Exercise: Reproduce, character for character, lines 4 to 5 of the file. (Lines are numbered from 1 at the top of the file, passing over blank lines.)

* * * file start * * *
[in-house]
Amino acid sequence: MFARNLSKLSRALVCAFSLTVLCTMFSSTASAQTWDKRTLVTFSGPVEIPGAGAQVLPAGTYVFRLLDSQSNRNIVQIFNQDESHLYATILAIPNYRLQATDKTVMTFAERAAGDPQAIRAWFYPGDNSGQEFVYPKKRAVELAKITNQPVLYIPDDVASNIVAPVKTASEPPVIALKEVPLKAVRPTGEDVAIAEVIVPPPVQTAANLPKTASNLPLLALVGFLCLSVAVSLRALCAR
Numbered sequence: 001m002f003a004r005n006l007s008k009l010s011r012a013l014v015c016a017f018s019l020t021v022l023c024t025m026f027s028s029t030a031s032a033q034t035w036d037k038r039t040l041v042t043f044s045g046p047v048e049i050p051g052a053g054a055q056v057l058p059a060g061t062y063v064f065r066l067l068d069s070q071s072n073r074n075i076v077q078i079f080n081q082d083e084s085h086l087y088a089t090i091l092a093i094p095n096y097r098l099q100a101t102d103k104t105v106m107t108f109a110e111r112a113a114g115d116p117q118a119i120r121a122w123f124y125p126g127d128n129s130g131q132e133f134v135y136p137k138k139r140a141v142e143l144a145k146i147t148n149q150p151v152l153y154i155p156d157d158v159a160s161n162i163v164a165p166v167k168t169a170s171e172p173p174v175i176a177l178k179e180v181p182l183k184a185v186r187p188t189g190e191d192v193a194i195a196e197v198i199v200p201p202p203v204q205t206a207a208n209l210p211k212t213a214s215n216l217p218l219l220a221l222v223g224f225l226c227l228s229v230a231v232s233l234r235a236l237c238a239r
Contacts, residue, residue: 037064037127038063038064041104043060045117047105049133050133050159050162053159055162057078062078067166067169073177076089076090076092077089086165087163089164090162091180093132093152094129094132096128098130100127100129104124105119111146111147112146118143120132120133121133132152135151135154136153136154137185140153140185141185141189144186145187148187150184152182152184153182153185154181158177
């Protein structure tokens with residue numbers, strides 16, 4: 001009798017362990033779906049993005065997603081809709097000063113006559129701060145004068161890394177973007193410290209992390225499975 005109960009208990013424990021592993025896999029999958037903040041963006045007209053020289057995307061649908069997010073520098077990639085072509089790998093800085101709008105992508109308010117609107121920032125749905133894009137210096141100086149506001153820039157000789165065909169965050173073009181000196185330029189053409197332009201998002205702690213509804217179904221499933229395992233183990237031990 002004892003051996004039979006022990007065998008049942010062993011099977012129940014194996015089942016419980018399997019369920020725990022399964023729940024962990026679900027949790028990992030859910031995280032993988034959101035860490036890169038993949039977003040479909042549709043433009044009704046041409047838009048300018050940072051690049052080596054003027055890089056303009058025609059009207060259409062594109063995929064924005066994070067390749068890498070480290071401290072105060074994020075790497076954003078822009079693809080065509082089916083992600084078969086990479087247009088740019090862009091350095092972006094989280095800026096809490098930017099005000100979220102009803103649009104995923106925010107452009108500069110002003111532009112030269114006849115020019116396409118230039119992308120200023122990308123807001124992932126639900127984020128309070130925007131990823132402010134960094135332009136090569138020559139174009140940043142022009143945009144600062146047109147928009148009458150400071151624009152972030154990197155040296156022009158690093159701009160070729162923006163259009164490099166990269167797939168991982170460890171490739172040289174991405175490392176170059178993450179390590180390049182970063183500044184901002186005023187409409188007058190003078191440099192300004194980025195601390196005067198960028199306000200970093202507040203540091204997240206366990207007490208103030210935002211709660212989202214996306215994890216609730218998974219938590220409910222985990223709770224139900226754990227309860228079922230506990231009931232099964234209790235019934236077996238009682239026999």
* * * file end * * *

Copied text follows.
Contacts, residue, residue: 037064037127038063038064041104043060045117047105049133050133050159050162053159055162057078062078067166067169073177076089076090076092077089086165087163089164090162091180093132093152094129094132096128098130100127100129104124105119111146111147112146118143120132120133121133132152135151135154136153136154137185140153140185141185141189144186145187148187150184152182152184153182153185154181158177
């Protein structure tokens with residue numbers, strides 16, 4: 001009798017362990033779906049993005065997603081809709097000063113006559129701060145004068161890394177973007193410290209992390225499975 005109960009208990013424990021592993025896999029999958037903040041963006045007209053020289057995307061649908069997010073520098077990639085072509089790998093800085101709008105992508109308010117609107121920032125749905133894009137210096141100086149506001153820039157000789165065909169965050173073009181000196185330029189053409197332009201998002205702690213509804217179904221499933229395992233183990237031990 002004892003051996004039979006022990007065998008049942010062993011099977012129940014194996015089942016419980018399997019369920020725990022399964023729940024962990026679900027949790028990992030859910031995280032993988034959101035860490036890169038993949039977003040479909042549709043433009044009704046041409047838009048300018050940072051690049052080596054003027055890089056303009058025609059009207060259409062594109063995929064924005066994070067390749068890498070480290071401290072105060074994020075790497076954003078822009079693809080065509082089916083992600084078969086990479087247009088740019090862009091350095092972006094989280095800026096809490098930017099005000100979220102009803103649009104995923106925010107452009108500069110002003111532009112030269114006849115020019116396409118230039119992308120200023122990308123807001124992932126639900127984020128309070130925007131990823132402010134960094135332009136090569138020559139174009140940043142022009143945009144600062146047109147928009148009458150400071151624009152972030154990197155040296156022009158690093159701009160070729162923006163259009164490099166990269167797939168991982170460890171490739172040289174991405175490392176170059178993450179390590180390049182970063183500044184901002186005023187409409188007058190003078191440099192300004194980025195601390196005067198960028199306000200970093202507040203540091204997240206366990207007490208103030210935002211709660212989202214996306215994890216609730218998974219938590220409910222985990223709770224139900226754990227309860228079922230506990231009931232099964234209790235019934236077996238009682239026999």